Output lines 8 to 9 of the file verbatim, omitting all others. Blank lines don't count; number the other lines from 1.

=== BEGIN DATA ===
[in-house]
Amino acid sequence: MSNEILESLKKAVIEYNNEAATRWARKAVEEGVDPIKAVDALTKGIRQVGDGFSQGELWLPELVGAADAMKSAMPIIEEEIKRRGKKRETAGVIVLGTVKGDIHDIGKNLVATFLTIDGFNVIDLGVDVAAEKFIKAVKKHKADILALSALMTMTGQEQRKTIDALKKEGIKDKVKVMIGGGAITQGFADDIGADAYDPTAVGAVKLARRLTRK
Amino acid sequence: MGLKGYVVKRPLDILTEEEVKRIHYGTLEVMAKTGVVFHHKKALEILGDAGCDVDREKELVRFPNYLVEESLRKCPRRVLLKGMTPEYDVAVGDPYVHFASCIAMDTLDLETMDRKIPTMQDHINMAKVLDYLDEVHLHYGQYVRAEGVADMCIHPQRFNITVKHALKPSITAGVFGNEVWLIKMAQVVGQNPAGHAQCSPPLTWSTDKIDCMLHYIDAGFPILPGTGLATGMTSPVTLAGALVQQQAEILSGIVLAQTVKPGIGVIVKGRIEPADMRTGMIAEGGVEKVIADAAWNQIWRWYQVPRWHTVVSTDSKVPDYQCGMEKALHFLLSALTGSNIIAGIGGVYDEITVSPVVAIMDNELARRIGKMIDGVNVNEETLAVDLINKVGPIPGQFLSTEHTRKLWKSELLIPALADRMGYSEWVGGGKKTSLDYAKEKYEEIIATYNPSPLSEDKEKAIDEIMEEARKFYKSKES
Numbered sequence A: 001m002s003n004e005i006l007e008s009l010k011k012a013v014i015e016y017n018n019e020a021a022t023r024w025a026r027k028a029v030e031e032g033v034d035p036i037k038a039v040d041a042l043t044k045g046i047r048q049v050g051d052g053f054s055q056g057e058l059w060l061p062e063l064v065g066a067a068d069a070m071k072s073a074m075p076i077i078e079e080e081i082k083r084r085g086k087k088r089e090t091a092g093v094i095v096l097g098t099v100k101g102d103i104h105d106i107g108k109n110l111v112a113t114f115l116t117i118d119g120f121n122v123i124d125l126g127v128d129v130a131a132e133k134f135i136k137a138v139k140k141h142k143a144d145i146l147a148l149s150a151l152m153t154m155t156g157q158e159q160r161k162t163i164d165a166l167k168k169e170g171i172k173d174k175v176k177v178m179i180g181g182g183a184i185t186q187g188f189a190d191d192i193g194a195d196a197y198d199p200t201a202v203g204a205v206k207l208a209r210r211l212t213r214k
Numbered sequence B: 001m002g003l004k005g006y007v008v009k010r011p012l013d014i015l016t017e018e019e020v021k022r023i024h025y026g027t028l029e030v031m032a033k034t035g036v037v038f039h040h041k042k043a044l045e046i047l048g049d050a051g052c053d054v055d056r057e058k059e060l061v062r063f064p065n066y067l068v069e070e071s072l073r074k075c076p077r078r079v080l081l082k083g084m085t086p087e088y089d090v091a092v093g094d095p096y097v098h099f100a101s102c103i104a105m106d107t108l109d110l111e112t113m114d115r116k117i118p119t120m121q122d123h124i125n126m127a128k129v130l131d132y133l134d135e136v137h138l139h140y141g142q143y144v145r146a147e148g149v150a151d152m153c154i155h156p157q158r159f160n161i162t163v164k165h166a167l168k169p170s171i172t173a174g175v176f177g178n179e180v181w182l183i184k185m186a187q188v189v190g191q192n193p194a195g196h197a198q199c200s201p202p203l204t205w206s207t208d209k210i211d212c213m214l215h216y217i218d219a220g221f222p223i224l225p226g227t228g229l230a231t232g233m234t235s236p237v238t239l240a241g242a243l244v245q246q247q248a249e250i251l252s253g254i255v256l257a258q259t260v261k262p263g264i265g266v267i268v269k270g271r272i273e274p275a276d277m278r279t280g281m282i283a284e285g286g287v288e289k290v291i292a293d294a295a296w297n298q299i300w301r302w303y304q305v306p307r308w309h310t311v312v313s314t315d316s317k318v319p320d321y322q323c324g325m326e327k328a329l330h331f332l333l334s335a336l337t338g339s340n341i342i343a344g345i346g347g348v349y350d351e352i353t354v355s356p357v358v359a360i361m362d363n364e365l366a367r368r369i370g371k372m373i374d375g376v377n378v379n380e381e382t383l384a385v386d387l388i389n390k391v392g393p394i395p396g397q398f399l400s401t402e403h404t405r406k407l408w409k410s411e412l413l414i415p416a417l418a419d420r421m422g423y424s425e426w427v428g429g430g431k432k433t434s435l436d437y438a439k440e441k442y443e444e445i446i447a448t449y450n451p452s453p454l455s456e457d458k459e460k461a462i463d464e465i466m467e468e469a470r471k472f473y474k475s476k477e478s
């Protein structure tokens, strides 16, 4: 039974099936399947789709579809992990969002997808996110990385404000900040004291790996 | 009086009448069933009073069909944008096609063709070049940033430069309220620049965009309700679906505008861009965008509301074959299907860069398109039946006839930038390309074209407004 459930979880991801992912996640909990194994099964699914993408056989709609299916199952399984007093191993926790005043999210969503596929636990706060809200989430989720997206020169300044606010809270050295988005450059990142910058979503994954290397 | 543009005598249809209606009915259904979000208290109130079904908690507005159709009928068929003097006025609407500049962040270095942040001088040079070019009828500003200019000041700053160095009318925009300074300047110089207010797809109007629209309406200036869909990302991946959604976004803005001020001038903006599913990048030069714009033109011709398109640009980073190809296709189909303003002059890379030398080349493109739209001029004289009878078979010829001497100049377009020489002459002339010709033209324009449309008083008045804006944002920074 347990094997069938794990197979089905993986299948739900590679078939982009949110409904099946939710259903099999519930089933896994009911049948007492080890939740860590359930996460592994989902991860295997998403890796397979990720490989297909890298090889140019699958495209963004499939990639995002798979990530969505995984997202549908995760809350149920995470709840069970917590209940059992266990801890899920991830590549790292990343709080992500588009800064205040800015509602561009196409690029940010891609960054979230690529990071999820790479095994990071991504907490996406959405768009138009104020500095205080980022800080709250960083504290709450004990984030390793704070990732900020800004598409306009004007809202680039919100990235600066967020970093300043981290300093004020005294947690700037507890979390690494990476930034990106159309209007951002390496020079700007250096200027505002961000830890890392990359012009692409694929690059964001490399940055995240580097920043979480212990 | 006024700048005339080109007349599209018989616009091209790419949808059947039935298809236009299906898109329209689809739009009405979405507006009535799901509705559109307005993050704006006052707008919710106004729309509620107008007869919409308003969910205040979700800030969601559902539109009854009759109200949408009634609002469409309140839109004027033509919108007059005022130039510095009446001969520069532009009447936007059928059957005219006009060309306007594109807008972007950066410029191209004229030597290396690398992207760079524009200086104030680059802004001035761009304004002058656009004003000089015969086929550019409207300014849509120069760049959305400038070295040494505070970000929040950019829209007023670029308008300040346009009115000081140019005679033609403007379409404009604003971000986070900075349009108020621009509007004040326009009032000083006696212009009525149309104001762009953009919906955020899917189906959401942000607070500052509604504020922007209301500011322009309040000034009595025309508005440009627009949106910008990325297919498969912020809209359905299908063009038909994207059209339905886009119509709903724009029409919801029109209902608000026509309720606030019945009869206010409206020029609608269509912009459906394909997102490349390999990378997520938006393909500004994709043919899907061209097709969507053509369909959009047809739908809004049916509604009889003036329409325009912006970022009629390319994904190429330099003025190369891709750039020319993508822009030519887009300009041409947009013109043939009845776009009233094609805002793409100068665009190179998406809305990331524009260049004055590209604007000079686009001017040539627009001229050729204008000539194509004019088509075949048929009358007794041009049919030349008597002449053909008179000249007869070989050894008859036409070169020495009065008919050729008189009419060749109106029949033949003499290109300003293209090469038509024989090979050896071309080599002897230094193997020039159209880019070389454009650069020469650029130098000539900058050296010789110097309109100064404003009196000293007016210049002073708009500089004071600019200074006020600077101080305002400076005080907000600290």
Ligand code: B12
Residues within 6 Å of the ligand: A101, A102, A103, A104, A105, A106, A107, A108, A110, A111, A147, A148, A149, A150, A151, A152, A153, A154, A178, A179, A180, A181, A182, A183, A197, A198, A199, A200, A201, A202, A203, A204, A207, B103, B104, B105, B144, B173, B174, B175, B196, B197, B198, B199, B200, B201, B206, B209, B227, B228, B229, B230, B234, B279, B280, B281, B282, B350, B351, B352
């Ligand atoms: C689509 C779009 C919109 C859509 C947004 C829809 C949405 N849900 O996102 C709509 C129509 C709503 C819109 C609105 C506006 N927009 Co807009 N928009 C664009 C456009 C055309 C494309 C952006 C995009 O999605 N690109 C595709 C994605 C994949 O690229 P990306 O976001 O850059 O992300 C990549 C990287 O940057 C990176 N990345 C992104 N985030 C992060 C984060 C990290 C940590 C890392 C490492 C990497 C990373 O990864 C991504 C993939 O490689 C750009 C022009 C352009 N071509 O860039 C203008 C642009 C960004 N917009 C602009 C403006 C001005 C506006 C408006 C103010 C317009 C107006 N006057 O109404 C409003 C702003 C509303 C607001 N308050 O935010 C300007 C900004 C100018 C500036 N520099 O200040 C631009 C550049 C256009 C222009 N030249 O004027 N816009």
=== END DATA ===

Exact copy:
Residues within 6 Å of the ligand: A101, A102, A103, A104, A105, A106, A107, A108, A110, A111, A147, A148, A149, A150, A151, A152, A153, A154, A178, A179, A180, A181, A182, A183, A197, A198, A199, A200, A201, A202, A203, A204, A207, B103, B104, B105, B144, B173, B174, B175, B196, B197, B198, B199, B200, B201, B206, B209, B227, B228, B229, B230, B234, B279, B280, B281, B282, B350, B351, B352
């Ligand atoms: C689509 C779009 C919109 C859509 C947004 C829809 C949405 N849900 O996102 C709509 C129509 C709503 C819109 C609105 C506006 N927009 Co807009 N928009 C664009 C456009 C055309 C494309 C952006 C995009 O999605 N690109 C595709 C994605 C994949 O690229 P990306 O976001 O850059 O992300 C990549 C990287 O940057 C990176 N990345 C992104 N985030 C992060 C984060 C990290 C940590 C890392 C490492 C990497 C990373 O990864 C991504 C993939 O490689 C750009 C022009 C352009 N071509 O860039 C203008 C642009 C960004 N917009 C602009 C403006 C001005 C506006 C408006 C103010 C317009 C107006 N006057 O109404 C409003 C702003 C509303 C607001 N308050 O935010 C300007 C900004 C100018 C500036 N520099 O200040 C631009 C550049 C256009 C222009 N030249 O004027 N816009």